Today dawned clear and sunny with a flat calm harbour. Ahhh. I readied myself and headed out to the municipal pool for senior swim. I'm not even sure what the senior age requirement is as the life guard (who's mother was a coworker and my age) is too smart to ask, she just takes our $3 for the hour of wonderful relaxation. The water was 82F today and I visited with a buddy. Only seven of us there in total. I met up with a lady who had posted her breadmaker on the buy & sell so scored a nice Sunbeam for $30. Home to make oatmeal bread - which unfortunately didn't rise well - been so long since I made bread the yeast was dead, will try again. I had a call just after I'd come home from my summer neighbour saying she'd been fastening a bungee cord around something and it had slipped, sprung back and whacked her in the forehead, could I come look at her head? So I made a house call with my limited supplies, but it was a surface wound and so steri strips and a mepore bandage were all that was called for. She was applying ice thus the swelling was under control. I advised no leaning forward for the afternoon - rest and read a book. Returned home and washed all the furniture covers, loads and loads of laundry hung out and finished my own book The Sisters Brothers which was a great read. My the gold rush was a vicious period in North American history! I'm starting Ami MacKay's The Virgin Cure - gotta love that title anyway.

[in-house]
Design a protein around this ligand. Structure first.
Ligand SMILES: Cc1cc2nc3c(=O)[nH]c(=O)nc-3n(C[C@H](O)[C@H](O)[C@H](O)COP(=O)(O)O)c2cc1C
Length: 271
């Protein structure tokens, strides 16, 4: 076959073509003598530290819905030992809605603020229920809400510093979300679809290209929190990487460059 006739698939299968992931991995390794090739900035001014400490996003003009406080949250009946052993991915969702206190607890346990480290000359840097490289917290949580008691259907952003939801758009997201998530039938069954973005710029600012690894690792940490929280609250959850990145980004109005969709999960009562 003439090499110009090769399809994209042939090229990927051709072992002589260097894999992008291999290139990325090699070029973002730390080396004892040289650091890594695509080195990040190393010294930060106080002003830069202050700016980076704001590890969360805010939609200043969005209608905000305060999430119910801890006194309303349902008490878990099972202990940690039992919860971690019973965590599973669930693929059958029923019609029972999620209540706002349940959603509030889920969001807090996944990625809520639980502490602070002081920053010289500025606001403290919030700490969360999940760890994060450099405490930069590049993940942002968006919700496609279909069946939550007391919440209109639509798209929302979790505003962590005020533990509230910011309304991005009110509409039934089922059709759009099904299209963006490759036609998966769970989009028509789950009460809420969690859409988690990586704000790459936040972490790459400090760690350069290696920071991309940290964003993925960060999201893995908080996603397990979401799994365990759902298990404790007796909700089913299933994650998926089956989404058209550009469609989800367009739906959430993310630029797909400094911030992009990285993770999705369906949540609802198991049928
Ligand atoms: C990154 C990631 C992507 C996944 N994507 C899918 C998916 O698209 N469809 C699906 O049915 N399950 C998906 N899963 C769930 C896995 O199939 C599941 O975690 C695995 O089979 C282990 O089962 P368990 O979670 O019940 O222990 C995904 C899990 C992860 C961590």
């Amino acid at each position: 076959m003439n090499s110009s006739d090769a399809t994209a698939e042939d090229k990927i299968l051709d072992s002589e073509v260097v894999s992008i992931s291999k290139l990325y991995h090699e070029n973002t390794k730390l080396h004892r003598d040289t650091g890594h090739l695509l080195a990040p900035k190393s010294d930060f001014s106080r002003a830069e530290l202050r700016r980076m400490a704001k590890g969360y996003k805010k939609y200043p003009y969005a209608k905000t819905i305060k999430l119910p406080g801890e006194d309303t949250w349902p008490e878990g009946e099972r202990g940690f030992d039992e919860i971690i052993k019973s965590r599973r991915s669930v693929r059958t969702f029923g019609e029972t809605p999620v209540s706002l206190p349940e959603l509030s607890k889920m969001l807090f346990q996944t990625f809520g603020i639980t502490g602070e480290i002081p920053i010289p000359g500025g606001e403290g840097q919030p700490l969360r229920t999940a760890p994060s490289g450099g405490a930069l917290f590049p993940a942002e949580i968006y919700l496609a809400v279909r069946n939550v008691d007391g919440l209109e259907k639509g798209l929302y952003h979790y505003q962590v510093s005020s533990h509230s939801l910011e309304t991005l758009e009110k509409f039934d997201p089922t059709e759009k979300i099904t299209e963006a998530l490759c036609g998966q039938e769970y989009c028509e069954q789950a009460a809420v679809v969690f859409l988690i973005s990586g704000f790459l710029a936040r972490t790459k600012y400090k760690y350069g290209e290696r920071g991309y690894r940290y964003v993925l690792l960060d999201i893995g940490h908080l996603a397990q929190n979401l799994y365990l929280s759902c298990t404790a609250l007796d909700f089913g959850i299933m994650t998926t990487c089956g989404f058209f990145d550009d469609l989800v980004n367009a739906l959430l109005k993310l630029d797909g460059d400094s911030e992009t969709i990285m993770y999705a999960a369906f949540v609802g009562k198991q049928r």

Some texts and phone calls with the electrician daughter who found herself in the midst of some work related upheaval, none of it her doing. Sometimes it's just best to cut your losses and walk away, there are always options. Back to visit with her kitties for a bit - unconditional love is always the answer to any of life's little annoyances. A FaceTime chat with the nurse daughter who was just recovering from night shifts which sounded rather hectic. Certainly sounds to me as if she's managing herself well but it's a tough gig to be a new RN or a female third year electrical apprentice. Good thing the kids are all smart with a great work ethic, will serve them well. Reminded me of the quote of the day....One's best success comes after their greatest disappointments. -Henry Ward Beecher
Oh and the teacher daughter is of course off for the summer and her husband had found some plans for a shed for the backyard - which were vetted by the father-in-law however....before he got started he took a notion to remove the 'ugly pink' tiles in the rec room in the basement and install laminate flooring. This has turned into more of a project than he anticipated (as those of us who have done renos can testify to) but apparently last night while he was removing the flooring he decided (wrongly it turned out) that he should just cut the phone line because "we don't use it down here". This unfortunately shorted out the phone throughout the entire house. He has a planning degree not technical credentials.
I noticed an article in the daily newspaper on northern food costs:
which reminded me of my northern home. There are pieces on food security (availability of affordable, nutritious food) in the media lately as a survey has found that Nunavut is #1 in food insecurity but unfortunately Nova Scotia is in second place.
|Sand at 250 magnification|
I was playing with one of those name generator gizmos on FaceBook that someone had posted because of the polls about the name for the royal baby. I discovered that my Royal Name is Her Highness Magnolia of the Night - which if you know me at all, you realize is very accurate for this night owl. I was glad to hear that my nurse daughter has inherited her mother's knack for daytime sleeping and is herself a Magnolia of the Night. Here - enjoy it yourself: http://www.usatoday.com/story/life/people/2013/07/12/royal-name-generator/2512673/
As well, someone had posted this photo of sand magnified 250 times. Amazing! Wouldn't my father have LOVED the internet and all the information it shares?